Sometimes it really is like shooting fish in a barrel, especially when it has to do with Howard Kurtz, who after years of working for the Washington Post, now writes for the Daily Beast.
Howard is tut-tutting today over the egregious hypocrisy of Keith Olbemann:
So is Keith Olbermann now the Worst Person in the World? No, but he made a really dumb mistake.
By donating to three Democratic candidates while covering the midterms on MSNBC, Olbermann crossed a bright journalistic line—even for a commentator whose partisan sympathies are no secret.
The network had no choice but to suspend him, even though he's the biggest draw on NBC's cable channel. "Mindful of NBC News policy and standards," MSNBC President Phil Griffin said in a statement, "I have suspended him indefinitely without pay."
"No choice." No choice at all.
The real forehead-slapper here is that Olbermann donated the legal maximum, $2,400, to Arizona Rep. Raul Grijalva on Oct. 28—the same day he interviewed the congressman for Countdown. Viewers, of course, had no way of knowing.
As first reported by Politico, Olbermann also donated the maximum to Arizona Rep. Gabriella Giffords and to Jack Conway, the Kentucky Republican who lost his Senate race to Rand Paul.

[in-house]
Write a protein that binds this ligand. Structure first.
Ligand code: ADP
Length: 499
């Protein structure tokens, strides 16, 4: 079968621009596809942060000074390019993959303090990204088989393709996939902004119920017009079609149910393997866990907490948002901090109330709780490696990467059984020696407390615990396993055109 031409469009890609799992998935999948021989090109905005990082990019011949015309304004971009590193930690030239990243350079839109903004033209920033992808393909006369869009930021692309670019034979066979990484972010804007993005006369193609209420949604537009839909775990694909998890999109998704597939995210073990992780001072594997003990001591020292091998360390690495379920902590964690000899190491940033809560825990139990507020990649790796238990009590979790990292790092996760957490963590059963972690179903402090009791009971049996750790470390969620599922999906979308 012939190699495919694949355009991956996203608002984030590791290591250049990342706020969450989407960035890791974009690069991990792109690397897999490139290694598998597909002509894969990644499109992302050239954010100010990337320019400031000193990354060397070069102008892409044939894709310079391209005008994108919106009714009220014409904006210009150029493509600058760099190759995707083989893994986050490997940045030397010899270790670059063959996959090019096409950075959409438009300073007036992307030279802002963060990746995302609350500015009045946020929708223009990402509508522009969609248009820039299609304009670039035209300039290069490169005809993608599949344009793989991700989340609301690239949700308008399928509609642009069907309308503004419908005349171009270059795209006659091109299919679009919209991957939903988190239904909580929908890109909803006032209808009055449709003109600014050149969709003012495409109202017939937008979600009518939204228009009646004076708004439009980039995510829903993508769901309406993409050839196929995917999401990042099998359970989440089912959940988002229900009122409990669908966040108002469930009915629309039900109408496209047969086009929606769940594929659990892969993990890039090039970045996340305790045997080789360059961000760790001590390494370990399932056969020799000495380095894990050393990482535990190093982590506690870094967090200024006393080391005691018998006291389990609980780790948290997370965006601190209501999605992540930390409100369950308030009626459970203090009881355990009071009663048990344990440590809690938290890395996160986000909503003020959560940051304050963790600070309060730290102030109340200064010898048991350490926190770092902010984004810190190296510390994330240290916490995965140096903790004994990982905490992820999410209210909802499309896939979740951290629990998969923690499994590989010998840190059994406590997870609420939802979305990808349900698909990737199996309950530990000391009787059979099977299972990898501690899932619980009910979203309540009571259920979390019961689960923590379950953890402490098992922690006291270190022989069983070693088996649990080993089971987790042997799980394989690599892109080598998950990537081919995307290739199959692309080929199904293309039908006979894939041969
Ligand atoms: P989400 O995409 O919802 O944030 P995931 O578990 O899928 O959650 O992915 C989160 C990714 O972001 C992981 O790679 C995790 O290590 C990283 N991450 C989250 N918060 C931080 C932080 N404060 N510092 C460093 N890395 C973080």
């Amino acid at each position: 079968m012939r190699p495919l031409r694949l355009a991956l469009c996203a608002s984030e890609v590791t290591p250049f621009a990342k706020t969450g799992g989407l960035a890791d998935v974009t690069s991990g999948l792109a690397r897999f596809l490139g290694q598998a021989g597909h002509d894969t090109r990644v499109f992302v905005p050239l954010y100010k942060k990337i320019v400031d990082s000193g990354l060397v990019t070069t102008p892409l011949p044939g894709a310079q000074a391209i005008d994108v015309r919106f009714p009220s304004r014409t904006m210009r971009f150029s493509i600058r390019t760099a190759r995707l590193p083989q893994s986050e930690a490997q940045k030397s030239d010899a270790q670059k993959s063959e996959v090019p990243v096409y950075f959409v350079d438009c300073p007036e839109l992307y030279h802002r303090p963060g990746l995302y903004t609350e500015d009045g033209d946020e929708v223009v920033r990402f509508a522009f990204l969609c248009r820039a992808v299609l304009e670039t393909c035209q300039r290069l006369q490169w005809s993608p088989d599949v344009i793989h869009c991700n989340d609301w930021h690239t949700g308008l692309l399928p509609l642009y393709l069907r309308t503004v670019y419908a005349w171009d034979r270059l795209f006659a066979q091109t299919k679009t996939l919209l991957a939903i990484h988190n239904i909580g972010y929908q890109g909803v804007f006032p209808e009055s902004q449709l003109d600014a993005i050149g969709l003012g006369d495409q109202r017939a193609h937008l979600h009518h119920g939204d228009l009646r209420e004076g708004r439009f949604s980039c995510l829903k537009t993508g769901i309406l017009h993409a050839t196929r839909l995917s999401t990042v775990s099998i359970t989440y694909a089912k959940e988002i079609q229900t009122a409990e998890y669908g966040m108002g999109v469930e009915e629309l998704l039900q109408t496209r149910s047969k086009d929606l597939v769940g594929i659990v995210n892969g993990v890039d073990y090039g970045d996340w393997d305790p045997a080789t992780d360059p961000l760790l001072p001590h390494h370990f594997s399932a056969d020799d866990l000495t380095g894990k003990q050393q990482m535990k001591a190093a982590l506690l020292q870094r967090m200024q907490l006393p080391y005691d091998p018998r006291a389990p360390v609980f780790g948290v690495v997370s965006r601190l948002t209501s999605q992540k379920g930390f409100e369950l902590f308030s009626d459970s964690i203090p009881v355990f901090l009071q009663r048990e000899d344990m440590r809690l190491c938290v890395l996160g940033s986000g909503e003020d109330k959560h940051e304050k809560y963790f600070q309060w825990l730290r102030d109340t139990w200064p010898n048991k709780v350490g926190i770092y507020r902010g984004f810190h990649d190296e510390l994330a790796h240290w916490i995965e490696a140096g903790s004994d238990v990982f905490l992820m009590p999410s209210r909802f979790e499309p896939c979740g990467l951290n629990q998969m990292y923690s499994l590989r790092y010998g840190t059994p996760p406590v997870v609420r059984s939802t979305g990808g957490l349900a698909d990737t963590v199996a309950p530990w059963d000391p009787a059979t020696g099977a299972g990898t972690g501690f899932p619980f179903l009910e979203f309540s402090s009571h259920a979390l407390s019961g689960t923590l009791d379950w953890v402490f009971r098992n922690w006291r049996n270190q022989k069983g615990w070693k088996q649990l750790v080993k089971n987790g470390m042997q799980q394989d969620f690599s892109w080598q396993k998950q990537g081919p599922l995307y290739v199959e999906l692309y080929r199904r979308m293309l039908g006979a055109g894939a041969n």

It's hard to fathom what Olbermann was thinking, because he must have realized that the donations would show up in federal election records and eventually be made public.
What's more, Olbermann has used the issue of political donations to rip his arch-enemies at Fox News. He pounced on Rupert Murdoch when News Corp., Fox's parent, gave $1 million to the Republican Governors Association and another million bucks to the GOP-backing Chamber of Commerce.
Now Olbermann, who's not shy about caustic criticism, faces the inevitable charge of hypocrisy.
Oh, Howard. You really want to go there? You really want to pluck out the splinter in Keith's eye instead of the log in your own?
His mistake is not in the same league as what some Fox contributors have done. Karl Rove raised about $50 million in recent months for an independent group supporting Republican candidates. Dick Morris has raised money, spoken on behalf of candidates and refers to Republicans as "we." Sarah Palin barnstormed the country on behalf of her favored candidates, often of the Tea Party variety.
And one full-time Fox News host, Sean Hannity, has attended GOP fundraisers. Fox allows such activity for talk-show hosts and contributors, whom the network doesn't consider journalists. I've written about this from time to time; few people seem to care.
At CNN, where I host a weekly media program, James Carville and Paul Begala are contributors who also sign fundraising letters for the Democratic Party. If it were up to me, I wouldn't allow any of that.
That's because Howard Kurtz's personal standards are so high. How high are they?